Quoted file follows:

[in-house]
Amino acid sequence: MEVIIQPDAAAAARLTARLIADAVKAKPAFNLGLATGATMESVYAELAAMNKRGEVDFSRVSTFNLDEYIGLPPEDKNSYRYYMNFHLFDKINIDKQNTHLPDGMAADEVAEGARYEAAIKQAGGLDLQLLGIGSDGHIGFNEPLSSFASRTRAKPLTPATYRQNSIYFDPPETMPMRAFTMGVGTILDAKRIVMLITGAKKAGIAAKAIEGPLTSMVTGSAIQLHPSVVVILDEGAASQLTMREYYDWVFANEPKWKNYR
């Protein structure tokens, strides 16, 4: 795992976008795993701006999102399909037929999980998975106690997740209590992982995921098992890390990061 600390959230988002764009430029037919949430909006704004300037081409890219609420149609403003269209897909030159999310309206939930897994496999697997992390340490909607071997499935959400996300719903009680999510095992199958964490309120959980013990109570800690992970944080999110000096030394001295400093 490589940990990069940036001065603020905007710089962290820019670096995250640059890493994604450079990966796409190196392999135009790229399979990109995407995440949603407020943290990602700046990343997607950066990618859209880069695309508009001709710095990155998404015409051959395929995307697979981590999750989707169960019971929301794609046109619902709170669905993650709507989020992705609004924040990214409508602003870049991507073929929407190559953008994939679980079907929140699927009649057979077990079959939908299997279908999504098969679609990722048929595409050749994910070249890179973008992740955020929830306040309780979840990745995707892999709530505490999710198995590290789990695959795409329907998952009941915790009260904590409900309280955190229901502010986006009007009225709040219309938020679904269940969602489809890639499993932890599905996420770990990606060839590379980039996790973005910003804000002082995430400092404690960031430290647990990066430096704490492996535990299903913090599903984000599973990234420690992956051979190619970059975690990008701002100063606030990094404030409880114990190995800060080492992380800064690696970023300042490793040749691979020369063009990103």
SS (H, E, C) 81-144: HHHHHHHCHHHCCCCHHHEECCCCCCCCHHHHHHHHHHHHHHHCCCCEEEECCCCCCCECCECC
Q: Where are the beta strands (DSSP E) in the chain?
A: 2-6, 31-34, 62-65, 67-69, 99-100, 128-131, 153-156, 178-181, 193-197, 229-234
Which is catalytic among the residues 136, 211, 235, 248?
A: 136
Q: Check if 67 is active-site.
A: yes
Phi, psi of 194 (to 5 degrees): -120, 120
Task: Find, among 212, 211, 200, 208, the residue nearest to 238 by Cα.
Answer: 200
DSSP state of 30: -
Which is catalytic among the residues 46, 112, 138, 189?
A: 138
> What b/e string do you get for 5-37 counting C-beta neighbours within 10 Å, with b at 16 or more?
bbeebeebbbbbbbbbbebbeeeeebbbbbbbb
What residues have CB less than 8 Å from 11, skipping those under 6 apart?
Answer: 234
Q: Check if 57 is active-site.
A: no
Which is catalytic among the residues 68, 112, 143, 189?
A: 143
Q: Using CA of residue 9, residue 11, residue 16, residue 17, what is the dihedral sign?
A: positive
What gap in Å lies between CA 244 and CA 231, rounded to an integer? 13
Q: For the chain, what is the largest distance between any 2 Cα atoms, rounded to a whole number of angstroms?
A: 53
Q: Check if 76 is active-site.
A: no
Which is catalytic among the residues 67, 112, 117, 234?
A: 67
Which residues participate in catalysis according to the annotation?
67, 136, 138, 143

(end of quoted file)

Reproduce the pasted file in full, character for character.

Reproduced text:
[in-house]
Amino acid sequence: MEVIIQPDAAAAARLTARLIADAVKAKPAFNLGLATGATMESVYAELAAMNKRGEVDFSRVSTFNLDEYIGLPPEDKNSYRYYMNFHLFDKINIDKQNTHLPDGMAADEVAEGARYEAAIKQAGGLDLQLLGIGSDGHIGFNEPLSSFASRTRAKPLTPATYRQNSIYFDPPETMPMRAFTMGVGTILDAKRIVMLITGAKKAGIAAKAIEGPLTSMVTGSAIQLHPSVVVILDEGAASQLTMREYYDWVFANEPKWKNYR
């Protein structure tokens, strides 16, 4: 795992976008795993701006999102399909037929999980998975106690997740209590992982995921098992890390990061 600390959230988002764009430029037919949430909006704004300037081409890219609420149609403003269209897909030159999310309206939930897994496999697997992390340490909607071997499935959400996300719903009680999510095992199958964490309120959980013990109570800690992970944080999110000096030394001295400093 490589940990990069940036001065603020905007710089962290820019670096995250640059890493994604450079990966796409190196392999135009790229399979990109995407995440949603407020943290990602700046990343997607950066990618859209880069695309508009001709710095990155998404015409051959395929995307697979981590999750989707169960019971929301794609046109619902709170669905993650709507989020992705609004924040990214409508602003870049991507073929929407190559953008994939679980079907929140699927009649057979077990079959939908299997279908999504098969679609990722048929595409050749994910070249890179973008992740955020929830306040309780979840990745995707892999709530505490999710198995590290789990695959795409329907998952009941915790009260904590409900309280955190229901502010986006009007009225709040219309938020679904269940969602489809890639499993932890599905996420770990990606060839590379980039996790973005910003804000002082995430400092404690960031430290647990990066430096704490492996535990299903913090599903984000599973990234420690992956051979190619970059975690990008701002100063606030990094404030409880114990190995800060080492992380800064690696970023300042490793040749691979020369063009990103």
SS (H, E, C) 81-144: HHHHHHHCHHHCCCCHHHEECCCCCCCCHHHHHHHHHHHHHHHCCCCEEEECCCCCCCECCECC
Q: Where are the beta strands (DSSP E) in the chain?
A: 2-6, 31-34, 62-65, 67-69, 99-100, 128-131, 153-156, 178-181, 193-197, 229-234
Which is catalytic among the residues 136, 211, 235, 248?
A: 136
Q: Check if 67 is active-site.
A: yes
Phi, psi of 194 (to 5 degrees): -120, 120
Task: Find, among 212, 211, 200, 208, the residue nearest to 238 by Cα.
Answer: 200
DSSP state of 30: -
Which is catalytic among the residues 46, 112, 138, 189?
A: 138
> What b/e string do you get for 5-37 counting C-beta neighbours within 10 Å, with b at 16 or more?
bbeebeebbbbbbbbbbebbeeeeebbbbbbbb
What residues have CB less than 8 Å from 11, skipping those under 6 apart?
Answer: 234
Q: Check if 57 is active-site.
A: no
Which is catalytic among the residues 68, 112, 143, 189?
A: 143
Q: Using CA of residue 9, residue 11, residue 16, residue 17, what is the dihedral sign?
A: positive
What gap in Å lies between CA 244 and CA 231, rounded to an integer? 13
Q: For the chain, what is the largest distance between any 2 Cα atoms, rounded to a whole number of angstroms?
A: 53
Q: Check if 76 is active-site.
A: no
Which is catalytic among the residues 67, 112, 117, 234?
A: 67
Which residues participate in catalysis according to the annotation?
67, 136, 138, 143